Finally, consider your physical assets. Your home, vehicles, high dollar toys, cabin, rental properties, etc. It’s time to start thinking about how these items can affect your retirement.
Do you plan to sell anything to help fund your retirement? Or maybe generate retirement income from a second home you won’t use anymore?
You have retirement dreams and goals which take both money and planning to achieve. Your assets are a tool to help you achieve the retirement of your dreams!
Finally, if you can simplify, now may be the time. Consolidating retirement accounts or downsizing your assets will help make the big picture more clear.
How Much Retirement Income Will You Have?
This seems super easy on the surface, but can be highly complex. How much money will be flowing into your accounts to offset the expenses going out over time?
- Social Security
- Pension income
- Consulting income
- Rental income
- Retirement “side-hustle” business income
- Annuity income
- And on and on . . .
There are many forms of retirement income and it’s critical to know what you’ll get to pay for your retirement.
But it gets more complicated . . .
Social Security benefits change depending on many factors. Will you claim early? Will your spouse claim late? What combination of claiming strategies provide the maximum retirement income over your life expectancy?
Only 4% of all Social Security recipients actually maximize their Social Security retirement income benefits. This is sad . . . but true!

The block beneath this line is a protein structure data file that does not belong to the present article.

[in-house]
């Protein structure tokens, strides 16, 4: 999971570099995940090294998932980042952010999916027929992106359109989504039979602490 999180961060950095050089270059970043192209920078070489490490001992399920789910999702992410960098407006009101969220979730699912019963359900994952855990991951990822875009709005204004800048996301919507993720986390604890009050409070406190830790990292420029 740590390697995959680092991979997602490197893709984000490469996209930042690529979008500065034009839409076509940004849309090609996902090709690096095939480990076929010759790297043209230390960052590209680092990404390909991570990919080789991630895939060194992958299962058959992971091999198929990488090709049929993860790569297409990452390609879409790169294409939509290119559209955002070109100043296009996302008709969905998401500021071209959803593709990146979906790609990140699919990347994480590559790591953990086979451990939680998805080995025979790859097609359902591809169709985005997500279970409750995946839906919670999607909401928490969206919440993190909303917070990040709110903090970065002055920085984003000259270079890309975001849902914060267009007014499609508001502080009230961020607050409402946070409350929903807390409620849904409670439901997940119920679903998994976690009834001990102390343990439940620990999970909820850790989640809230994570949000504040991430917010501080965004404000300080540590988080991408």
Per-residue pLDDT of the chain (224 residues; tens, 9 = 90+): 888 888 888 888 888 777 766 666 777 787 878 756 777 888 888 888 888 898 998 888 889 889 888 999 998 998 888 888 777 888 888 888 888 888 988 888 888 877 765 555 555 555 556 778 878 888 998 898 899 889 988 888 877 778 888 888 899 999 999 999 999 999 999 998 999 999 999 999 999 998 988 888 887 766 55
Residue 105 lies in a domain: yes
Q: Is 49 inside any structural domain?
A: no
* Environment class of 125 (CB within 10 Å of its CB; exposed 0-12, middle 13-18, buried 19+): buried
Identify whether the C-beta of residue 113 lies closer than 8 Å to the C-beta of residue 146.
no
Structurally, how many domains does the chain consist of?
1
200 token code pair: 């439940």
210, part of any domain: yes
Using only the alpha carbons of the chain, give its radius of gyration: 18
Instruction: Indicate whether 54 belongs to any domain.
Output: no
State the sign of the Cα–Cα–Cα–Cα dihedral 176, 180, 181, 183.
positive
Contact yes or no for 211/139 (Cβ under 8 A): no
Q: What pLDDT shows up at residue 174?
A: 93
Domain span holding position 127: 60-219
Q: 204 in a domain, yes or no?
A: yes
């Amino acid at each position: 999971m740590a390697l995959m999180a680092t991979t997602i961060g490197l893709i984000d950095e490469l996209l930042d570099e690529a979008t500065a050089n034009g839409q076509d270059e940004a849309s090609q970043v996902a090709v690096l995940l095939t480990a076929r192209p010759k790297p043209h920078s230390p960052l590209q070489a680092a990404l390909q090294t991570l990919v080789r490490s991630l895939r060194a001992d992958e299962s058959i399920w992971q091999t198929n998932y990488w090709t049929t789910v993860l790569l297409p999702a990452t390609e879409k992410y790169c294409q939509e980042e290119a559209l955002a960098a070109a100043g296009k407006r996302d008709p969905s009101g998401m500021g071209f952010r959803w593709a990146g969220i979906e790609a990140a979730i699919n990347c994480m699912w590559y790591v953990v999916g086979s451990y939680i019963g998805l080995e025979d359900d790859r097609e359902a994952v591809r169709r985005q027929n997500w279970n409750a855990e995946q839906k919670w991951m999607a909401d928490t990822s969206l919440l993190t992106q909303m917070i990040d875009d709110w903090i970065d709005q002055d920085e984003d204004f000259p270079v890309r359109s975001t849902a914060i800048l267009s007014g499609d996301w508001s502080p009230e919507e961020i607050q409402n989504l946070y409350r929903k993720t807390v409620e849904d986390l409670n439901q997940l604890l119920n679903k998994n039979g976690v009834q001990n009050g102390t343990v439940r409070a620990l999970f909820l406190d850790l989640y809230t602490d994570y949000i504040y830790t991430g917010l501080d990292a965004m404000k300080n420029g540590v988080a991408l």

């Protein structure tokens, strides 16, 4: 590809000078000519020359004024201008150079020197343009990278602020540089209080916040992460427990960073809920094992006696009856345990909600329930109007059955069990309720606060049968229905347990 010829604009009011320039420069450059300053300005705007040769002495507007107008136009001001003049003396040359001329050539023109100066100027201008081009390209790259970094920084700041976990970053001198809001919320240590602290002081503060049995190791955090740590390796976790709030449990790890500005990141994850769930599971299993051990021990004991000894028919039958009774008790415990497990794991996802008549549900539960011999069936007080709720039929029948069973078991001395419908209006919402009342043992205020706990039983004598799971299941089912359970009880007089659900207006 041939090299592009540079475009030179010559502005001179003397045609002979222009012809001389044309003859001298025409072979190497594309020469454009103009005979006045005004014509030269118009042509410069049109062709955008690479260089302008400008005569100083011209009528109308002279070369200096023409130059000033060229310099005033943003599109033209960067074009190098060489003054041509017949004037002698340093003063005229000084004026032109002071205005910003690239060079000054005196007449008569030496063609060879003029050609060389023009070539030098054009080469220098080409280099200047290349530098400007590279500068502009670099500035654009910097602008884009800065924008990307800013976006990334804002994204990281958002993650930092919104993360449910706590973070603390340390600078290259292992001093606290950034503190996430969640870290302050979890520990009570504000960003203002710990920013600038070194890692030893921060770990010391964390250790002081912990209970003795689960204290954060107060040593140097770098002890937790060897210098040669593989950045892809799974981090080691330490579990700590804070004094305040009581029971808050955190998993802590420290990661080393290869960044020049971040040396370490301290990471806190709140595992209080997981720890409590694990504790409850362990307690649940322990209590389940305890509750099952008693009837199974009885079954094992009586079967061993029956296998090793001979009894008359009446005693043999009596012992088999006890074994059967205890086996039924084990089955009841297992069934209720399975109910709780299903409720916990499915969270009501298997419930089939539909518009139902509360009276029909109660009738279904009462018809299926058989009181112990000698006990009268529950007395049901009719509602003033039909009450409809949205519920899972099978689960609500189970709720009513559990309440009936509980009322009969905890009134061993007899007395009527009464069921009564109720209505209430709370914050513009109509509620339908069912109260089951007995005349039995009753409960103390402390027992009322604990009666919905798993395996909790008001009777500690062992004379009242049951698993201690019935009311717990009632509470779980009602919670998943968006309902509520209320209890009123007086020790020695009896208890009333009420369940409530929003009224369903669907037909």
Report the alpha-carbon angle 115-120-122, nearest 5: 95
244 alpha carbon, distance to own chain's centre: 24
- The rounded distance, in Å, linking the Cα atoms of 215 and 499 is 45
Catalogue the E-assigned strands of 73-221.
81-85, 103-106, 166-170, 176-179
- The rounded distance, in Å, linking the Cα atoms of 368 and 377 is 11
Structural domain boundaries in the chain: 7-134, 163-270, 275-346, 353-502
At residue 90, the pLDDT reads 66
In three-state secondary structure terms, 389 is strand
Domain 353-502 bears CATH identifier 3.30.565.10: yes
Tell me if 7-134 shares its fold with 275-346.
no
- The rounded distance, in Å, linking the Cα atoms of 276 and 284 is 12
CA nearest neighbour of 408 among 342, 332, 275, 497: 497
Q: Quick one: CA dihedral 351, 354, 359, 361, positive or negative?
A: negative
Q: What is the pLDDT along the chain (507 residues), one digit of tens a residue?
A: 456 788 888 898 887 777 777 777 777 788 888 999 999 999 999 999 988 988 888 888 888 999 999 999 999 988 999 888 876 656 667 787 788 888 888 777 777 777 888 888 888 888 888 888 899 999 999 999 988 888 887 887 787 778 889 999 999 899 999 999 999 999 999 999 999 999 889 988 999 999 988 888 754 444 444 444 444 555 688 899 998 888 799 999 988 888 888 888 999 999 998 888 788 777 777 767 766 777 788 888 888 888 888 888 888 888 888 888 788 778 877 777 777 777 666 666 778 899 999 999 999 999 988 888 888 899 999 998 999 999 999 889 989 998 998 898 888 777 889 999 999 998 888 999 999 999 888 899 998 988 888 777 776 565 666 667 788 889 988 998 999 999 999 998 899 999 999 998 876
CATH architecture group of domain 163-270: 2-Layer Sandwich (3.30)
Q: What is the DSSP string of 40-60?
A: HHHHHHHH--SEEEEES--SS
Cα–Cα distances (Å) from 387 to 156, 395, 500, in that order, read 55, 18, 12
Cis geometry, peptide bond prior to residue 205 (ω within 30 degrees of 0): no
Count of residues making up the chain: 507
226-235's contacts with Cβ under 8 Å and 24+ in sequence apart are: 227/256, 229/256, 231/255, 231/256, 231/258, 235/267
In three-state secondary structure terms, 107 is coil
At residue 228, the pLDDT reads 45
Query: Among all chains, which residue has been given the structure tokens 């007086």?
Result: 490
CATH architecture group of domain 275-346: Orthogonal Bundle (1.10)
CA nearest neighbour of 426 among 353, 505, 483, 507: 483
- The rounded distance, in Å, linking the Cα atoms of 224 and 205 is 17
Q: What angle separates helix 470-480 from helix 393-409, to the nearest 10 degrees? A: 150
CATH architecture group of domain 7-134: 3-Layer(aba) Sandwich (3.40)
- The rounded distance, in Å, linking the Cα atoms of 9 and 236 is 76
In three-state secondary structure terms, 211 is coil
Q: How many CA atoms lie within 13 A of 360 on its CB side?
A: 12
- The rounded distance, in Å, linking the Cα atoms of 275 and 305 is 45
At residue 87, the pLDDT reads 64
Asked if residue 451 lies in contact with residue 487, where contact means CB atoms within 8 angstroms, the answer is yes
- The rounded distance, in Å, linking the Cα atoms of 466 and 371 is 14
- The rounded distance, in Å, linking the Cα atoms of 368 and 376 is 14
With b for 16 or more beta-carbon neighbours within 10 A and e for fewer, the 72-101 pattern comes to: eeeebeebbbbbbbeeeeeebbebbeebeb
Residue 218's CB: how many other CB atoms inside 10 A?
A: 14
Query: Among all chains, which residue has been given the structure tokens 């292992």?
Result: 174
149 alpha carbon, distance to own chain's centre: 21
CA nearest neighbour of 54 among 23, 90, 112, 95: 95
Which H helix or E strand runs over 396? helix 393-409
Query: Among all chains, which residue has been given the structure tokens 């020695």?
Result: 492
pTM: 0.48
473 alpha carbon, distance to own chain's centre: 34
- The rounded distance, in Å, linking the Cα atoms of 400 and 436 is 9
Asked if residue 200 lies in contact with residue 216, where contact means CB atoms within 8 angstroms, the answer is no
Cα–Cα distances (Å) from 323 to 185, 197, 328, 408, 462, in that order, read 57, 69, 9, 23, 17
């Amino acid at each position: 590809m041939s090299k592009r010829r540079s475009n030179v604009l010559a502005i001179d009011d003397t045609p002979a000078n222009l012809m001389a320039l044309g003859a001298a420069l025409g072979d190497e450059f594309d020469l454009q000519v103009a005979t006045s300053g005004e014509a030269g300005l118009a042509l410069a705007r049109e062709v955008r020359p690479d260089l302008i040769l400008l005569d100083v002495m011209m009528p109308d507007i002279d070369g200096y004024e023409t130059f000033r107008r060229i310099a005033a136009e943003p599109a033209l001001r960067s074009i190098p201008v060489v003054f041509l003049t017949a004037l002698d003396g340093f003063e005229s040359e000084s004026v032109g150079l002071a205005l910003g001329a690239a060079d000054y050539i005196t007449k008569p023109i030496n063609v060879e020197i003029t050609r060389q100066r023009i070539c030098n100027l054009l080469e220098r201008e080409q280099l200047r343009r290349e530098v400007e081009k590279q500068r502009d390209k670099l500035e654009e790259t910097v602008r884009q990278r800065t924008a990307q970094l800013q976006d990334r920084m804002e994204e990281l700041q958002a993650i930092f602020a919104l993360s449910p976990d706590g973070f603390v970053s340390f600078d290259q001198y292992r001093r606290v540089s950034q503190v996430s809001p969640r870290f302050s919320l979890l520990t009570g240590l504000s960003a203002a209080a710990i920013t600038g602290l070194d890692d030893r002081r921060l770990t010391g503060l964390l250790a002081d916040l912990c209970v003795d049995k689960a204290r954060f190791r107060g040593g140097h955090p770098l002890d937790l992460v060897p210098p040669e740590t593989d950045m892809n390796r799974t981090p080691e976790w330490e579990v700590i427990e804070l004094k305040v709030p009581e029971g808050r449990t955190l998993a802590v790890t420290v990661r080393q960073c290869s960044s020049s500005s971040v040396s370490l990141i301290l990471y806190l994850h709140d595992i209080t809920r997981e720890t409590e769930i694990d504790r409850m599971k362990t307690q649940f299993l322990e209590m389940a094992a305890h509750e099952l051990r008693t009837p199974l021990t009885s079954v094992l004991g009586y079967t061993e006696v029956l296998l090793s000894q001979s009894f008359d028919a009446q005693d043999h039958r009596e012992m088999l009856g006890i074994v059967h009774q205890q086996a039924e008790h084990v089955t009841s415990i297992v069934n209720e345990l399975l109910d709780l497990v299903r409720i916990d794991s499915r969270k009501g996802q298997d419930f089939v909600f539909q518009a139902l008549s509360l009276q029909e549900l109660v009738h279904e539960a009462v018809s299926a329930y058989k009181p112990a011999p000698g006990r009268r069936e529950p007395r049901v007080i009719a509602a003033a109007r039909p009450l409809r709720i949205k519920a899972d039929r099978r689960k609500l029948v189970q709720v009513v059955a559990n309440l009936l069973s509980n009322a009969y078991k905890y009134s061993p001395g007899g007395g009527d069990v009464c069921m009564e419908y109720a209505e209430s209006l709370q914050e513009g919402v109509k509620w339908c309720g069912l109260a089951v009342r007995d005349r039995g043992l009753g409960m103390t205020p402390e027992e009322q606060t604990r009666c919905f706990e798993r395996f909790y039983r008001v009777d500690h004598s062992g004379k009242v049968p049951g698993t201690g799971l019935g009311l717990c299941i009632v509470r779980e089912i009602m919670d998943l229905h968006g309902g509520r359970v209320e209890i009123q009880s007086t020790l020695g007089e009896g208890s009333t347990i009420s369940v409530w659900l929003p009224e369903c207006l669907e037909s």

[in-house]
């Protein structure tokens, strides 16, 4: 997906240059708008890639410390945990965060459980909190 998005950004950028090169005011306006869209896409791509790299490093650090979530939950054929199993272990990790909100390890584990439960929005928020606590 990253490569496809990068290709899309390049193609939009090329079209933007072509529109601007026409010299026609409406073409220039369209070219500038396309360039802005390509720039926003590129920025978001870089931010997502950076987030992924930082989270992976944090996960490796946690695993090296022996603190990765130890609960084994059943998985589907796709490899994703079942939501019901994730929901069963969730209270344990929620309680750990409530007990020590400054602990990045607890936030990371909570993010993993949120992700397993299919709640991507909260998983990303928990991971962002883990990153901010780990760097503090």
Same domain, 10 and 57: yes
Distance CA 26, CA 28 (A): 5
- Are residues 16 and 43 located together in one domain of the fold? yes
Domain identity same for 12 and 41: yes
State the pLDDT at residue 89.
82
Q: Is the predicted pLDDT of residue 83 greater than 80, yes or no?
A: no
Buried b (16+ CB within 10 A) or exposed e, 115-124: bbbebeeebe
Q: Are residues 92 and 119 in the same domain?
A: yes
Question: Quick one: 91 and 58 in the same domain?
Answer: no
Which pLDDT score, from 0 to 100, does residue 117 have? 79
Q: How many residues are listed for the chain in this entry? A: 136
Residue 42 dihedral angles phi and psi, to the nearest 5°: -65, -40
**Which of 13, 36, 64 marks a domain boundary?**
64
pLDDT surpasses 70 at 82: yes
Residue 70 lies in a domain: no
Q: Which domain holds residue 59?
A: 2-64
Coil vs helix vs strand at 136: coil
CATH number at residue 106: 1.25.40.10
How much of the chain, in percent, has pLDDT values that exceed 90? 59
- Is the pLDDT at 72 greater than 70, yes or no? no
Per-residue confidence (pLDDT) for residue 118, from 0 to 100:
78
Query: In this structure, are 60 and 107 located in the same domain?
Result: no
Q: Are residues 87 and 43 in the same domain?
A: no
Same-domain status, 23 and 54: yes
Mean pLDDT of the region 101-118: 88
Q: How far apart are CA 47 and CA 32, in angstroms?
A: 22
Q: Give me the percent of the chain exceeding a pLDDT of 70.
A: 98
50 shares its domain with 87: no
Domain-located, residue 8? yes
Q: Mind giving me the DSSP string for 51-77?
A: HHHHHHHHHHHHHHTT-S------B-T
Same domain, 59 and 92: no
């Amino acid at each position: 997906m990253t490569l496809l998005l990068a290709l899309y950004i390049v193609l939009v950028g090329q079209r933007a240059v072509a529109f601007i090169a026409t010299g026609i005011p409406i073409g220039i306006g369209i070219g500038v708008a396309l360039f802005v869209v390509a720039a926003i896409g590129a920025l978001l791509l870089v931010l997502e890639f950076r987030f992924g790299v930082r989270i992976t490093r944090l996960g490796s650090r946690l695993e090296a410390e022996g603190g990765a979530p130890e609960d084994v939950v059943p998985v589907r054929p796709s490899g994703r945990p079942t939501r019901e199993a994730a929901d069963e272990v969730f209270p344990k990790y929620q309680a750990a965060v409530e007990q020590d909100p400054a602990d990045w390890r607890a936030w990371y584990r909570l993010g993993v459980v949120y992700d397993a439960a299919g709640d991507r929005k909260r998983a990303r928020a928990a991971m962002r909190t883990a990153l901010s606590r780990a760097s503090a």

Make sure you carefully study your Social Security claiming options. If you need help drop me a note, we have several Social Security planning tools available to you on an hourly basis.
It’s best to get your Social Security income estimates directly from the Social Security Administration here. Remember those numbers may change slightly with inflation and if you work through your full retirement age or not.
For a quick Social Security estimate click here. it’s a rough estimate and there are many factors, but it will get you close.
Most pension incomes have multiple claiming strategies available as well. Do you claim 100%? Life with period certain for 10 years? Life with 75% to your spouse?
These pension claiming strategies can “make or break” your retirement (and keep your spouse out of the poor-house after you die!)
And what about your rental income? Or annuity income? All of these sources of money must be accounted for and matched up with your future expenses over time. To make things more complicated you need to include inflationary increases (or lack thereof) for accuracy.
Retirement planning is so difficult it can’t be done on a napkin, and I laugh at the “one-page retirement plan” blog posts out there. To truly master your retirement planning you need highly sophisticated retirement planning software.
The problem is most retirement planning software is either watered down, designed to sell you an insurance or an investment product, too expensive for the average retiree to buy, too complex for the average retiree to use, or all of the above!